“There’s something special about capturing the glow of the Milky Way as it cuts across the entire sky.”
Timothy Printy – The Astroscopers’ Astronomy Group in Chiefland, Florida.
Have you ever seen those amazing pictures taken at night with the landscape and an amazing horizon filled with stars and an incredible Milky Way arch across the sky? Have you ever wondered how those pictures are taken? Are you even capable of taking such pictures and if so how do you get started?
Last summer these were some of the questions I faced as I began my astrophotography journey. The first targets I had on my list were the most obvious and easy ones. I first started photographing the moon and even used my iPhone to do so. I quickly found that that was a nice way to start but was quite limiting. I then noticed pictures of the Milky Way taken by a friend of a friend locally. And as I had never seen the Milky Way with my own eyes I wondered how those pictures were taken and if in fact, they were fake.
In fact, as I soon discovered when I went out for an evening with a friend to take my first ever Milky Way pictures, it is very possible, even with budget equipment, to take spectacular photos of the Milky Way.
So let me explain how it’s possible and if you’re just starting I’ll show you through the experience I’ve had over the last year of taking shots of the Milky Way and experimenting with different equipment. And in different locations. It is not really so difficult to take photographs of the Milky Way, but composing the shots is something that you do need to think about, and taking the photographs at the right time of the year in the right season changes so much.
Taking photographs of the Milky Way involves finding a suitably dark site where you have a good panorama and view of as much of the sky as you can get. You need to use an application where you can see where exactly the Milky Way is at the time you want to shoot it, or if you go to a dark enough location, you will be able to see where it is.
You need to use a tripod that is stable enough to hold your equipment still for a period of time. When I first did this I was worried about the wind and I did, in fact, have to hold my tripod down on the ground just to make it that little bit more sturdy.
Even if you don’t have a special astrophotography camera lens you need to ensure that you’re taking photographs of the Milky Way at the right focal length. The camera lens I had was basically a 17 mm to 85 mm lens belonging to my Canon 600 D and that was enough to get started. I used it at 17mm, others use 14mm or 24mm as these are the kind of focal lengths suitable for widefield photography and will enable you to frame the whole of the Milky Way area in the sky.
Another important thing when taking shots of the Milky way is to know how long to expose for and what kind of lens to use. I chose to expose for approximately 20 to 25 seconds but it does depend on how long you can expose without finding any star trails in your pictures. Basically, as stars move across the sky and also rotate around the celestial poles there is a certain amount of movement of the stars and it doesn’t take long before this movement will affect your photographs turning your stars into ugly lines. Although many people say that you are limited to a matter of seconds, I have found that while taking widefield shots of the Milky Way I could take pictures of 20 to 25 seconds without significant problems with star trails.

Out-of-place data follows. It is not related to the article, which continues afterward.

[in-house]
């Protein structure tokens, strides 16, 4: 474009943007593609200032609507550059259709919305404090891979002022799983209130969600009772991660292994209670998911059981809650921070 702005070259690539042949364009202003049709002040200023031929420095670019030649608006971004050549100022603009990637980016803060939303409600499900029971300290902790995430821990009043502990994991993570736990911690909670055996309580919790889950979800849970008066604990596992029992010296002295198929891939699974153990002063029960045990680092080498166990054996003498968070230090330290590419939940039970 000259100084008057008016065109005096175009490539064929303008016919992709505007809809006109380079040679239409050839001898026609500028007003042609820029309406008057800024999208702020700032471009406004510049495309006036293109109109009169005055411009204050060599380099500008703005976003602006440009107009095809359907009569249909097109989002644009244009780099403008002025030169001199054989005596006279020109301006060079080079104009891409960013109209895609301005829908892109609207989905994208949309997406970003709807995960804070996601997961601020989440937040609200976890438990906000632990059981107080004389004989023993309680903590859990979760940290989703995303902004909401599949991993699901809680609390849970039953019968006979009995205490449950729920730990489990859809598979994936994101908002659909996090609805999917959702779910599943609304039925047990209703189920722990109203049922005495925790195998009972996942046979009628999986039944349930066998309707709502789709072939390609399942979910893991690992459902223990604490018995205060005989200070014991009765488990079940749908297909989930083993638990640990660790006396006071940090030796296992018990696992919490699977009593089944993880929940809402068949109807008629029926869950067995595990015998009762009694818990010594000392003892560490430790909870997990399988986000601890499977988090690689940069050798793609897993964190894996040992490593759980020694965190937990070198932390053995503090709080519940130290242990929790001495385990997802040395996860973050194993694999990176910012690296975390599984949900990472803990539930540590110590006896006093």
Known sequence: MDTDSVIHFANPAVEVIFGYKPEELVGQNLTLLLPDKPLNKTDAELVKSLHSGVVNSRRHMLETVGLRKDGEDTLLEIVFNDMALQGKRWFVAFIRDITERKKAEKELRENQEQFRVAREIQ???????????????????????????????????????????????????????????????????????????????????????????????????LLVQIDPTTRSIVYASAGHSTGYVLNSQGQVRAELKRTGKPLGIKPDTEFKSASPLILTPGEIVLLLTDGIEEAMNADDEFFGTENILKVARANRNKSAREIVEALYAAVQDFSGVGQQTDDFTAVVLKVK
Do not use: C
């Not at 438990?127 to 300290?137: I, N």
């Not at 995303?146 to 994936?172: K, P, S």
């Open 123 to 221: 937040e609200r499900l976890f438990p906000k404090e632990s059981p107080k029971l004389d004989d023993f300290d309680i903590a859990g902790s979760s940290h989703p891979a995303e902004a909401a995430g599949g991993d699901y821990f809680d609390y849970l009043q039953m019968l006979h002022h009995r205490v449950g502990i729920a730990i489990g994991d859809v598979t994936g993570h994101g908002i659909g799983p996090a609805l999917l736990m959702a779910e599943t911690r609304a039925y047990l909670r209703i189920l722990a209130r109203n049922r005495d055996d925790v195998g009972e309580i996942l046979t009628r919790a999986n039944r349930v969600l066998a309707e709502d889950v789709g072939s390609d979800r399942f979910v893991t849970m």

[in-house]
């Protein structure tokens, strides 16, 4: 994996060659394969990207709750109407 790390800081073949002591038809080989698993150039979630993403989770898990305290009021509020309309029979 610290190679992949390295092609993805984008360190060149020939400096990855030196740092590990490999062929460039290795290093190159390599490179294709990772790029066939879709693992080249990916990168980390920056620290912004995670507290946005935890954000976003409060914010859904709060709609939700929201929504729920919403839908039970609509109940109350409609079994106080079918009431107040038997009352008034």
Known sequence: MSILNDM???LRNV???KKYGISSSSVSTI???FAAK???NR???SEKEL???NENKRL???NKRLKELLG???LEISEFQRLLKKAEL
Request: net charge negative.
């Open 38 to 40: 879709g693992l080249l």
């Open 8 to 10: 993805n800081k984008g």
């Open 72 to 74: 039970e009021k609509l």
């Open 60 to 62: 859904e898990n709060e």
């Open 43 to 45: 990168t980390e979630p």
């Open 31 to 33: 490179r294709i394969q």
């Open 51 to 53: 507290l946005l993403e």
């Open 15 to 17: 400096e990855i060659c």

The other important thing about your camera lens is the F-number. The best Astra photography lenses for taking photographs of the Milky Way should have an F number of say 1.8 to 2.8. However, as I have found, you can take good photographs of the Milky Way with even a camera at F 4 or 5. They won’t be as good but they’ll still be very very spectacular.
How long do you need to expose to photograph the Milky Way?
Photography is often based on trial and error and experience, and photographing the Milky Way is no exception. As I said above I used about 25 seconds of exposure which was the maximum that I could do without experiencing problems with star trailing. You might be able to go less or a little bit more than this depending on your equipment.
Another thing to note is that if you want to use longer exposures you will need some kind of a star tracker or equatorial mount, for example, which will track the stars. In that case, you may be able to do 60 seconds, 90 seconds, or even longer exposures, which will mean that you will have much more detail in each photo. However, if you are limited to quite short exposures you can stack several photos. In the beginning, when I started taking photographs of the Milky Way I didn’t know very much about stacking but still, I found it quite simple to download a free piece of software that would stack about 5 to 10 pictures and put them together and I ended up with quite a nice photograph.
Can you take a picture of the Milky Way with your iPhone?
The answer to this question is quite simply yes. However depending on which model of iPhone you have, for example, I have the iPhone 6s and I can’t really take many photographs at night with any reasonable quality and I certainly couldn’t take pictures of the Milky Way as I’ve tried and failed. There are apps that you can get for your iPhone to hold the shutter open longer and expose the picture for longer. You must keep your iPhone still and the best thing again would be to use a tripod.